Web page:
Blyton's world of the Enchanted Wood is a realm of very high magic, though it is noticeable that most of the magic occurs within the wood, though all of the characters in the wood are magical in one way or another. This is obviously the nature of fairy tales as opposed to more adult orientated fantasy novels. Granted, many of the fantasy novels are set in a high fantasy world, but magic seems to take on a different form. The term high and low magic tends to refer to how common magic is in a world. A low magic world would be something like Song of Fire and Ice (Game of Thrones) though some could also point to our world. However, while I would agree that our world is certainly not high magic, my position is that it is not a no-magic world either. I guess the closest that I have seen to what magic in our world could be like would be the Eric series, however Melnibone does seem to be more magical in other senses than our world is (Melnibone would actually be considered a high magic world, but the aspects of demon summoning that permeate the world reflect some of the ideas that come out of real world literature).
The First Review (8 March 2012)
I don't really know if I can truly say that I read this book because technically I didn't, my Dad read it to me when I was really, really young, and while I cannot remember all that much about this book, I can remember that I was enchanted by it. Personally, I really cannot say whether I should include a book that was read to me, but in this case I will simply because Blyton is one of those authors that stands out from the rest as a true children's author. There have been children's books around for a long time (though I wonder if the Grimm's fairy tales were originally for kids) but here we have an author that would stand the test of time.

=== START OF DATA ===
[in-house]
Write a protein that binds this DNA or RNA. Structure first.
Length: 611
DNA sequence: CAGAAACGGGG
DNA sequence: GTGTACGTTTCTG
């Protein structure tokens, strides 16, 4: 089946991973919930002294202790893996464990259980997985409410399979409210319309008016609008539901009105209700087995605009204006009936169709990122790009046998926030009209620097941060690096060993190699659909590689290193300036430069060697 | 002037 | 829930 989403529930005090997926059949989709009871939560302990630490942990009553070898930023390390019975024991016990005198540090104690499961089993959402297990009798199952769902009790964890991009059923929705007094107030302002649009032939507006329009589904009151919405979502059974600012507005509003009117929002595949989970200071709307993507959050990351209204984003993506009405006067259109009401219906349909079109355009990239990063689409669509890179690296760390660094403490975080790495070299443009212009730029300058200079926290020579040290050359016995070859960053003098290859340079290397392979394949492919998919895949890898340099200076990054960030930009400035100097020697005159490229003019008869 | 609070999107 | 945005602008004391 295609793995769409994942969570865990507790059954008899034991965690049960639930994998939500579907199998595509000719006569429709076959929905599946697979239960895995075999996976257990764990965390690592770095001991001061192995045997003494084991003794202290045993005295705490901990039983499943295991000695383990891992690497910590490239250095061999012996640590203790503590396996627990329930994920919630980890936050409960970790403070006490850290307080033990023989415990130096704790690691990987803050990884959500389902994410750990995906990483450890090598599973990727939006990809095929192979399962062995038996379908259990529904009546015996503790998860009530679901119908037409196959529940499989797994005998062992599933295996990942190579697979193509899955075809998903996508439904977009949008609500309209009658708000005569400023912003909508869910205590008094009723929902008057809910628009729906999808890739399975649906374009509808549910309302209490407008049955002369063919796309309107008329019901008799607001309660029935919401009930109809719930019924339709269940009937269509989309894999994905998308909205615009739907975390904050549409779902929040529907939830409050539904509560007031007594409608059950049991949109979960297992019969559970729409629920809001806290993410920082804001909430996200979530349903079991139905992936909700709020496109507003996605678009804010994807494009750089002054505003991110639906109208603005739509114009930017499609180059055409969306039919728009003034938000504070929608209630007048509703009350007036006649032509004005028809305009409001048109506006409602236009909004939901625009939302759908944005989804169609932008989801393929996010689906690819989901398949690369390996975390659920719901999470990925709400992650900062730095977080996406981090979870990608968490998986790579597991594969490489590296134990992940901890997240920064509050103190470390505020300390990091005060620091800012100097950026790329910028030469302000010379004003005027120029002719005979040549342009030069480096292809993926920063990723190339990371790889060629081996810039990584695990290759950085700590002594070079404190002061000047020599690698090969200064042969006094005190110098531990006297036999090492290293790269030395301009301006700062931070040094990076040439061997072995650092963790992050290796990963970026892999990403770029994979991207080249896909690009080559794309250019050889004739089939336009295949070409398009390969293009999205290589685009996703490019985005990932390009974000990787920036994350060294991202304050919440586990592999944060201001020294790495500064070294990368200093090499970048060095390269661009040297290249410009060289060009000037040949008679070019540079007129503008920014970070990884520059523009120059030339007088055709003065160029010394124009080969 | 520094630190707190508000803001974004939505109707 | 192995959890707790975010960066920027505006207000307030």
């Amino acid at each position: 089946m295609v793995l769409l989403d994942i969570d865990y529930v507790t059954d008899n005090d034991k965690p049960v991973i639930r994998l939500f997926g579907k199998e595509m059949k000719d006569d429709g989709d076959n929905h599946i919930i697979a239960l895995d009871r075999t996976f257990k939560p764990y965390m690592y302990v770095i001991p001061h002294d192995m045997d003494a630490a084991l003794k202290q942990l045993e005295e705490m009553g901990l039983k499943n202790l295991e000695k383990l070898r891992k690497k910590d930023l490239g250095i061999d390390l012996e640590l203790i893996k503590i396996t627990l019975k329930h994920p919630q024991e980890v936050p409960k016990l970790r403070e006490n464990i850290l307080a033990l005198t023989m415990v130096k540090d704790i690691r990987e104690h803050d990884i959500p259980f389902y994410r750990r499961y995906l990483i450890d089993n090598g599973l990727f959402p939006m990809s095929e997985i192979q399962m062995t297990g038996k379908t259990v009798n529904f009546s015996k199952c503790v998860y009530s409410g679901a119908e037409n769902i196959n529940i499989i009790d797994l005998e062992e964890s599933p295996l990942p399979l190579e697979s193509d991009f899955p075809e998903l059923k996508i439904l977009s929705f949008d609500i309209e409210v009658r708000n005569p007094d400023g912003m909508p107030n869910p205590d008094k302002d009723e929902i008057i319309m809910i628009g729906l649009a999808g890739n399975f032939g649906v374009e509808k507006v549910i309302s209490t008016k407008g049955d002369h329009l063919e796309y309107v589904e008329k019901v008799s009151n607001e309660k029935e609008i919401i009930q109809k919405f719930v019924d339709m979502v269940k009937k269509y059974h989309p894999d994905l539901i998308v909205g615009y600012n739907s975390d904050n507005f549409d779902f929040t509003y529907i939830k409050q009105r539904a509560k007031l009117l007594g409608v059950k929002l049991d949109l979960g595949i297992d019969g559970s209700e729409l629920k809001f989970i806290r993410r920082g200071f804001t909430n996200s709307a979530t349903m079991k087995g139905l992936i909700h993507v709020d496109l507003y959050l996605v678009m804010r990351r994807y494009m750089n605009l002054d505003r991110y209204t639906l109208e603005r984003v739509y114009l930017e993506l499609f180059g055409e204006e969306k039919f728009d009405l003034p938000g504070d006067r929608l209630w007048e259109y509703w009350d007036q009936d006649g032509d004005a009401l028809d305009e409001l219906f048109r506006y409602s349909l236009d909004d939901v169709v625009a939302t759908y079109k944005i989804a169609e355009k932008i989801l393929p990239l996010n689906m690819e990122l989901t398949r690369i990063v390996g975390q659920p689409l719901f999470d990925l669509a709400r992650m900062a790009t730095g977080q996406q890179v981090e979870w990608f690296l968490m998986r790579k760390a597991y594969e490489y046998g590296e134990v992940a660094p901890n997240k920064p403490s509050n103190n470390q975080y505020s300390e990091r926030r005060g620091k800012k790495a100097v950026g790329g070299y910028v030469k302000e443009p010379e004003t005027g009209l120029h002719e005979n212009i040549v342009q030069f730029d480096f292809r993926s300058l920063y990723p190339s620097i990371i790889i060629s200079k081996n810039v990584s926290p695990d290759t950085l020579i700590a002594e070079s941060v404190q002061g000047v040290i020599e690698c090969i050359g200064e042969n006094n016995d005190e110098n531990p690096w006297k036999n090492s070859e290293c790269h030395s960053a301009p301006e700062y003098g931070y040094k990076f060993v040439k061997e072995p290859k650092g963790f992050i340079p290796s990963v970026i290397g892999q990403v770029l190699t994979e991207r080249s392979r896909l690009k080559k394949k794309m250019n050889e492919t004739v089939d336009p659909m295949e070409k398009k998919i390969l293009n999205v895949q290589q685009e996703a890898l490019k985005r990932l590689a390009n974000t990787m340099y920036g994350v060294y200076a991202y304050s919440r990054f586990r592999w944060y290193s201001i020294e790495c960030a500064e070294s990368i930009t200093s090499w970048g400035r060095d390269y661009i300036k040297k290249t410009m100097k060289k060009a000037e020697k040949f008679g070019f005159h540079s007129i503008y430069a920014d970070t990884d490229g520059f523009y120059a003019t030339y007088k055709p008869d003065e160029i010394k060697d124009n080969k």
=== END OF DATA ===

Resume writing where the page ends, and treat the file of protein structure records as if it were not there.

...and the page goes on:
Blyton was never really a fantasy writer, she actually wrote a lot of other stories that were more like mystery stories for kids, however here we have a fairy tale about a magical tree that upon climbing to the top you find yourself in a new magical land. However, it wasn't just the top but also the adventure of climbing the tree as well because I remember there were lots of characters who lived in this tree.
As I said, I cannot truly remember the plot, even if there was a plot to this story. It could easily have been an excuse to go on a magical journey and visit magical places. It is interesting because looking at when it was written it was not really a time when people could have gone on holidays. It was the middle of World War II, travelling outside of the country was dangerous, and one could not go to any of the wonderful places in Europe. Travelling by sea was dangerous as well since the German U-boats had no qualms in targeting passenger liners, so instead of travelling the world, one would end up having to travel in their imagination.
I am probably reading too much into this, but it was a book that I remember being read to me as a child, and it is a real shame that I suspect that I no longer have it, however, what I might do is I might try digging through our back shed later on to see what is actually been hidden up there. Maybe, if I am lucky, I will discover that we still have these books up there gathering dust. That would be really good in my opinion.